What used to be called ‘without prejudice’ privilege is now covered in Australia by Section 131 of the Evidence Act 2008. It is designed to ensure that people in dispute can try to negotiate settlements without fearing that evidence what they have said or written will be used against them in Court if the matter continues without settling. Questions sometimes arise as to whether or not specific communications were part of an attempt to negotiate settlement or not. These questions can be the subject of heated argument, as one side may think the particular communication will be a great help to their argument in the proceeding (and will argue it is not privileged), whilst the other is very keen to keep it private (arguing that it is).
A recent NSW decision has helpfully set out some relevant principles to consider.
Section 131(1) of the Evidence Act 2008 states:
Evidence is not to be adduced of –
(a) a communication that is made between persons in dispute, or between one or more persons in dispute and a third party, in connection with an attempt to negotiate a settlement of the dispute; or
(b) a document (whether delivered or not) that has been prepared in connection with an attempt to negotiate a settlement of a dispute”.
There are exceptions set out in subsection (2).
In Mordecai v Attorney General of NSW (2013) NSWSC 1307 there was a dispute as to whether a letter written by Mordecai to the other parties in the earlier proceeding (which Mordecai was seeking leave to appeal) was covered by S131 privilege. Mordecai argued that the letter was covered by the privilege: that he had written it in an endeavor to settle the earlier proceeding. His opponents argued that it was not an attempt to negotiate settlement and they should now be able to rely on it.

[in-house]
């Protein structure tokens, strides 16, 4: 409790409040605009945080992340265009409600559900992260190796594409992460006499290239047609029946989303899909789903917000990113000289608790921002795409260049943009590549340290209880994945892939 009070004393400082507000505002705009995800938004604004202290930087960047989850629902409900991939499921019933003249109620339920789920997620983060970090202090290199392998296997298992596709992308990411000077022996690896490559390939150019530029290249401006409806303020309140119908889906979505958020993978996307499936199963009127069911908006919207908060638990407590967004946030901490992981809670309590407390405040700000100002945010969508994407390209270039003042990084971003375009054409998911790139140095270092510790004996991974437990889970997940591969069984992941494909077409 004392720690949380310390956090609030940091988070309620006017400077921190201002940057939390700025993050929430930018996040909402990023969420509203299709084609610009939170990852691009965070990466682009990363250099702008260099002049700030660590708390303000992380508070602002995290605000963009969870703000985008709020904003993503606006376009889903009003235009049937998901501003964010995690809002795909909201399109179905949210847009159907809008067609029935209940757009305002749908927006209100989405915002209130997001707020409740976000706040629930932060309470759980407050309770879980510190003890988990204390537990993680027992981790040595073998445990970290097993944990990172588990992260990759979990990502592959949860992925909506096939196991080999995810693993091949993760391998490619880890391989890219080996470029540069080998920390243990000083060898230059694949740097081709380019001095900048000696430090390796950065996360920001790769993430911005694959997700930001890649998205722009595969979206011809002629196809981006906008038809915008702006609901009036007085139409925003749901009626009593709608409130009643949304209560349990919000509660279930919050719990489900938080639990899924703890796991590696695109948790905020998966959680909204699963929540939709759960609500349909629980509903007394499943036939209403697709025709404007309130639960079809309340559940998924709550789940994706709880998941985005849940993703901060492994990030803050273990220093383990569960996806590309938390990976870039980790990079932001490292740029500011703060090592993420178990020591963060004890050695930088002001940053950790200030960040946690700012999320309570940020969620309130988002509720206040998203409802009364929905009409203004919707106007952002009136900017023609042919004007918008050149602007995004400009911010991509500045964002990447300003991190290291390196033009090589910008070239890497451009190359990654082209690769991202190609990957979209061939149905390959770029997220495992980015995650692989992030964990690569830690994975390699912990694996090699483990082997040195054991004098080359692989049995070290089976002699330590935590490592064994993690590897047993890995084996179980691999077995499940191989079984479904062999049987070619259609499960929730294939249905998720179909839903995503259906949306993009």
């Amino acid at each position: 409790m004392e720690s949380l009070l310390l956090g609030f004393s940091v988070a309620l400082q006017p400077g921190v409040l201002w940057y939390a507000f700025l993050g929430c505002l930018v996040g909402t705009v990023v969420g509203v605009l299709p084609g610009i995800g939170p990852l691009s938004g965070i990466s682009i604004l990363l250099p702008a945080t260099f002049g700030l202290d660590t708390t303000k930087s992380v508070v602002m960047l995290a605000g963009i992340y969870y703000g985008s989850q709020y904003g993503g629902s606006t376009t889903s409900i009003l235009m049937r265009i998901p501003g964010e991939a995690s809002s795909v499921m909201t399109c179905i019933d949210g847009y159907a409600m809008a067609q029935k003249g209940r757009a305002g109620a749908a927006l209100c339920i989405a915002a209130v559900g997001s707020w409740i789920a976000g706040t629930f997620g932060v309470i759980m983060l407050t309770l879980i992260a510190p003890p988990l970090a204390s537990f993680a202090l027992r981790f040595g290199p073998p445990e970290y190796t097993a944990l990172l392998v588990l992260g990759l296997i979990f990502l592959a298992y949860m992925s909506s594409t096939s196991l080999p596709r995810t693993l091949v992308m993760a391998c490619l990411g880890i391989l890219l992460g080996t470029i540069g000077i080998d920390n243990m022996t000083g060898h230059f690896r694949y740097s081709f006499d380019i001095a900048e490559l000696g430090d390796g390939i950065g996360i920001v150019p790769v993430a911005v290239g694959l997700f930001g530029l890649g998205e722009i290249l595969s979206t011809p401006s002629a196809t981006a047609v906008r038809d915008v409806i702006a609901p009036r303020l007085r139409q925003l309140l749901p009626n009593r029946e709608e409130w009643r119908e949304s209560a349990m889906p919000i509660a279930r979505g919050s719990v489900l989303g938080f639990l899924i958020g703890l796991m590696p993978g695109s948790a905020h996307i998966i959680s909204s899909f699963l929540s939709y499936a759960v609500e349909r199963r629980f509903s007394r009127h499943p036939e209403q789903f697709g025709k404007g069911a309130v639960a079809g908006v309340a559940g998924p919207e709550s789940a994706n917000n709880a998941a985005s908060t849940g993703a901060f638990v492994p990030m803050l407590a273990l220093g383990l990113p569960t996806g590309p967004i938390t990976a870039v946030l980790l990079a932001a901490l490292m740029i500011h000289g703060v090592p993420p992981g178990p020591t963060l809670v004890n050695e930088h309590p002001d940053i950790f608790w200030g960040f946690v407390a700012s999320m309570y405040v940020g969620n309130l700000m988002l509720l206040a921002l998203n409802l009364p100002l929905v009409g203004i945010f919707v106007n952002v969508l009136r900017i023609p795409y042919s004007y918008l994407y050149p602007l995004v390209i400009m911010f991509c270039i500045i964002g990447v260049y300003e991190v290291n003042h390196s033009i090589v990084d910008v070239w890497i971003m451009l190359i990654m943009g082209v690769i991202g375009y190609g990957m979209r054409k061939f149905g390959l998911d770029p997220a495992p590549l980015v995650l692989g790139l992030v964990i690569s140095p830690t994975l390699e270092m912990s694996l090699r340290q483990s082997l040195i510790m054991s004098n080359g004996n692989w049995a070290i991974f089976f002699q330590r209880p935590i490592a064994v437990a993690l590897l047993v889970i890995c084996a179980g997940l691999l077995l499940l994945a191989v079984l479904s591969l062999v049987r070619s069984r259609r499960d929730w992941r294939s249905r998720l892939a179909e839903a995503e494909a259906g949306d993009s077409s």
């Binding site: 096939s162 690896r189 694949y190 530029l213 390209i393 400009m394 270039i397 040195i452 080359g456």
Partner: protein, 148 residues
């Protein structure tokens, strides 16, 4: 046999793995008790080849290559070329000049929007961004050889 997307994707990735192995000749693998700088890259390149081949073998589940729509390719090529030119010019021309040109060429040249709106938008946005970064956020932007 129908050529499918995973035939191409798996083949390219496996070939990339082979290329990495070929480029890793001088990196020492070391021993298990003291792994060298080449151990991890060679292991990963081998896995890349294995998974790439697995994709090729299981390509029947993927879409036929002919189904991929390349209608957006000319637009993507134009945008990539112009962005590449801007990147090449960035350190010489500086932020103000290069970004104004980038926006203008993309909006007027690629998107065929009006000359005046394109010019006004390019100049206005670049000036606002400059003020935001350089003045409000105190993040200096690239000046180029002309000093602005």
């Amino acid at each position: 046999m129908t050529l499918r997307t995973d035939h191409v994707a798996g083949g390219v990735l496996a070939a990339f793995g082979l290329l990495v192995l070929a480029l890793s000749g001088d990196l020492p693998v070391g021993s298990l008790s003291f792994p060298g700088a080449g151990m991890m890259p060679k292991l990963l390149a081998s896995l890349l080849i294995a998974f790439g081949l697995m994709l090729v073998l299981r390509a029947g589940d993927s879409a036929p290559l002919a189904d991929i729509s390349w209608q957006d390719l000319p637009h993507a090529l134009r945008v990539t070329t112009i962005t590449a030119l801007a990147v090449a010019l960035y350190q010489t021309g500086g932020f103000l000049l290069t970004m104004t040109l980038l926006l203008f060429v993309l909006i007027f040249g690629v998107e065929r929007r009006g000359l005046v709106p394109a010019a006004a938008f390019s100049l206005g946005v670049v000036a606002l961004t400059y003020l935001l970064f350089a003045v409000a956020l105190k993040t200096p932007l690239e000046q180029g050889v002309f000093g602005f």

Justice Garling rejected tender of the letter. In a discussion at paragraphs [20-25] of his judgment, His Honour reiterated that it is now ‘beyond argument’ that the mere insertion of, or use of the words ‘without prejudice’ on a document is not, without more, determinative of the issue of whether a communication is ‘in connection with a settlement’: GPI Leisure Corporation (In Liq) v Yuill (1997) 42 NSWLR 225 at 226G per Young, J. However, it will be some evidence of an intention that the communication is made for the purpose of attempting to negotiate a settlement of a dispute: Barrett Property Group Pty. Ltd. v Dennis Family Homes Pty. Ltd.  FCA 276.
His Honour went on to consider what ‘attempt to negotiate a settlement’ means, and said it was appropriate to keep in mind what Bromberg J said in Barrett Property at  to : ‘It does not require an attempt to negotiate a compromise in which some middle ground is found’.
Quoting Spigelman CJ in Bhagat v Global Custodians Ltd  NSWCA 160 at , ‘a demand for surrender may constitute an attempt to negotiate a settlement, even though no compromise is offered.’ There does not have to be an offer capable of acceptance: it is sufficient that the communication can be described as an ‘opening shot’ in negotiations: GPI Leisure v Yuill. Applying these principles to the letter in question, His Honour found that it was privileged under s131, amounting to a genuine attempt to negotiate a settlement of the proceedings. This was not altered by the fact that it referred to and made a demand about extraneous subject matter (not part of the proceedings in question), nor that it did not clearly specify what settlement was proposed. He pointed out that ‘staking out’ what boundaries a party wants to negotiate within is common in negotiations. He also held that ‘the fact that an offer includes one term, which may be impossible to accept, does not mean that the entire offer is not a genuine attempt to resolve the position’ . An opening letter in settlement negotiations or a ‘shot across the bows’ may still be a genuine attempt to negotiate a settlement .